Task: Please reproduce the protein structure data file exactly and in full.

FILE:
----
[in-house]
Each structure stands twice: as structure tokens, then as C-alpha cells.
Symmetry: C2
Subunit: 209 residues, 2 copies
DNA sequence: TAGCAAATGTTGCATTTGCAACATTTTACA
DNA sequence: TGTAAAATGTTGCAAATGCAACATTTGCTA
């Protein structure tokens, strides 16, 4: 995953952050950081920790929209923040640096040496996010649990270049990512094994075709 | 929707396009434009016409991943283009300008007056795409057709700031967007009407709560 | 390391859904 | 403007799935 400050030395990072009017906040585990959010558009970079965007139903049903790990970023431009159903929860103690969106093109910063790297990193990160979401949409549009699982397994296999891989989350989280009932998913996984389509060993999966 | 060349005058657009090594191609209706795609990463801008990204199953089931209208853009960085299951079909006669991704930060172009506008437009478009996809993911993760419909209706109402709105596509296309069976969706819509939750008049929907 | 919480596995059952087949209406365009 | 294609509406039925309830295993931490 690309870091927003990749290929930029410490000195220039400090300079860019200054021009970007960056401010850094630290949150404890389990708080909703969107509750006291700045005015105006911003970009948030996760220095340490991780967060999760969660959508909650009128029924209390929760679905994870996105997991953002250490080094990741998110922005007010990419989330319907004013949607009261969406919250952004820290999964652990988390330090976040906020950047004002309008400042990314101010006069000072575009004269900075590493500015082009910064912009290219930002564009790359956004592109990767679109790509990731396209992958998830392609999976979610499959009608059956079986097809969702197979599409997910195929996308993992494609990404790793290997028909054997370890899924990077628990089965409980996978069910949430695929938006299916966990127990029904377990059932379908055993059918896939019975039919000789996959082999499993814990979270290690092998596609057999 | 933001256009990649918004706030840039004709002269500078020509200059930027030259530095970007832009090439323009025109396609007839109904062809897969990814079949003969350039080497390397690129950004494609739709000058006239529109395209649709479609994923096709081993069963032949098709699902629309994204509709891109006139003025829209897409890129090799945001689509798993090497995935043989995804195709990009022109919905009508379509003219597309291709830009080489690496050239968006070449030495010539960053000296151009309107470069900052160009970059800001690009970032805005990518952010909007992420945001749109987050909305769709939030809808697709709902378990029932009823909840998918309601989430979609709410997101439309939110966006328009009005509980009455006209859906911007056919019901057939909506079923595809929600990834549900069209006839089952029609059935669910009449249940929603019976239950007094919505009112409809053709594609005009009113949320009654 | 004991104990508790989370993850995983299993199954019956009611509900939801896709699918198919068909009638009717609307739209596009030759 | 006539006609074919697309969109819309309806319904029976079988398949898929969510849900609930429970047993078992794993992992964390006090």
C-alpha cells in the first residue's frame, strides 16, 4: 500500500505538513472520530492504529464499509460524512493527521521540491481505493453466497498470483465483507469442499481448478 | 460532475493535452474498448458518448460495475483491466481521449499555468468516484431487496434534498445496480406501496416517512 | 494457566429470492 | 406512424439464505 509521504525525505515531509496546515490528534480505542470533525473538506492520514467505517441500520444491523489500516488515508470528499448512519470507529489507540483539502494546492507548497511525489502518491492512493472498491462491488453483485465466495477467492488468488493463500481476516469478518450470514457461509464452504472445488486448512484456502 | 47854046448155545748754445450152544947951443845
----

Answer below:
[in-house]
Each structure stands twice: as structure tokens, then as C-alpha cells.
Symmetry: C2
Subunit: 209 residues, 2 copies
DNA sequence: TAGCAAATGTTGCATTTGCAACATTTTACA
DNA sequence: TGTAAAATGTTGCAAATGCAACATTTGCTA
């Protein structure tokens, strides 16, 4: 995953952050950081920790929209923040640096040496996010649990270049990512094994075709 | 929707396009434009016409991943283009300008007056795409057709700031967007009407709560 | 390391859904 | 403007799935 400050030395990072009017906040585990959010558009970079965007139903049903790990970023431009159903929860103690969106093109910063790297990193990160979401949409549009699982397994296999891989989350989280009932998913996984389509060993999966 | 060349005058657009090594191609209706795609990463801008990204199953089931209208853009960085299951079909006669991704930060172009506008437009478009996809993911993760419909209706109402709105596509296309069976969706819509939750008049929907 | 919480596995059952087949209406365009 | 294609509406039925309830295993931490 690309870091927003990749290929930029410490000195220039400090300079860019200054021009970007960056401010850094630290949150404890389990708080909703969107509750006291700045005015105006911003970009948030996760220095340490991780967060999760969660959508909650009128029924209390929760679905994870996105997991953002250490080094990741998110922005007010990419989330319907004013949607009261969406919250952004820290999964652990988390330090976040906020950047004002309008400042990314101010006069000072575009004269900075590493500015082009910064912009290219930002564009790359956004592109990767679109790509990731396209992958998830392609999976979610499959009608059956079986097809969702197979599409997910195929996308993992494609990404790793290997028909054997370890899924990077628990089965409980996978069910949430695929938006299916966990127990029904377990059932379908055993059918896939019975039919000789996959082999499993814990979270290690092998596609057999 | 933001256009990649918004706030840039004709002269500078020509200059930027030259530095970007832009090439323009025109396609007839109904062809897969990814079949003969350039080497390397690129950004494609739709000058006239529109395209649709479609994923096709081993069963032949098709699902629309994204509709891109006139003025829209897409890129090799945001689509798993090497995935043989995804195709990009022109919905009508379509003219597309291709830009080489690496050239968006070449030495010539960053000296151009309107470069900052160009970059800001690009970032805005990518952010909007992420945001749109987050909305769709939030809808697709709902378990029932009823909840998918309601989430979609709410997101439309939110966006328009009005509980009455006209859906911007056919019901057939909506079923595809929600990834549900069209006839089952029609059935669910009449249940929603019976239950007094919505009112409809053709594609005009009113949320009654 | 004991104990508790989370993850995983299993199954019956009611509900939801896709699918198919068909009638009717609307739209596009030759 | 006539006609074919697309969109819309309806319904029976079988398949898929969510849900609930429970047993078992794993992992964390006090």
C-alpha cells in the first residue's frame, strides 16, 4: 500500500505538513472520530492504529464499509460524512493527521521540491481505493453466497498470483465483507469442499481448478 | 460532475493535452474498448458518448460495475483491466481521449499555468468516484431487496434534498445496480406501496416517512 | 494457566429470492 | 406512424439464505 509521504525525505515531509496546515490528534480505542470533525473538506492520514467505517441500520444491523489500516488515508470528499448512519470507529489507540483539502494546492507548497511525489502518491492512493472498491462491488453483485465466495477467492488468488493463500481476516469478518450470514457461509464452504472445488486448512484456502 | 47854046448155545748754445450152544947951443845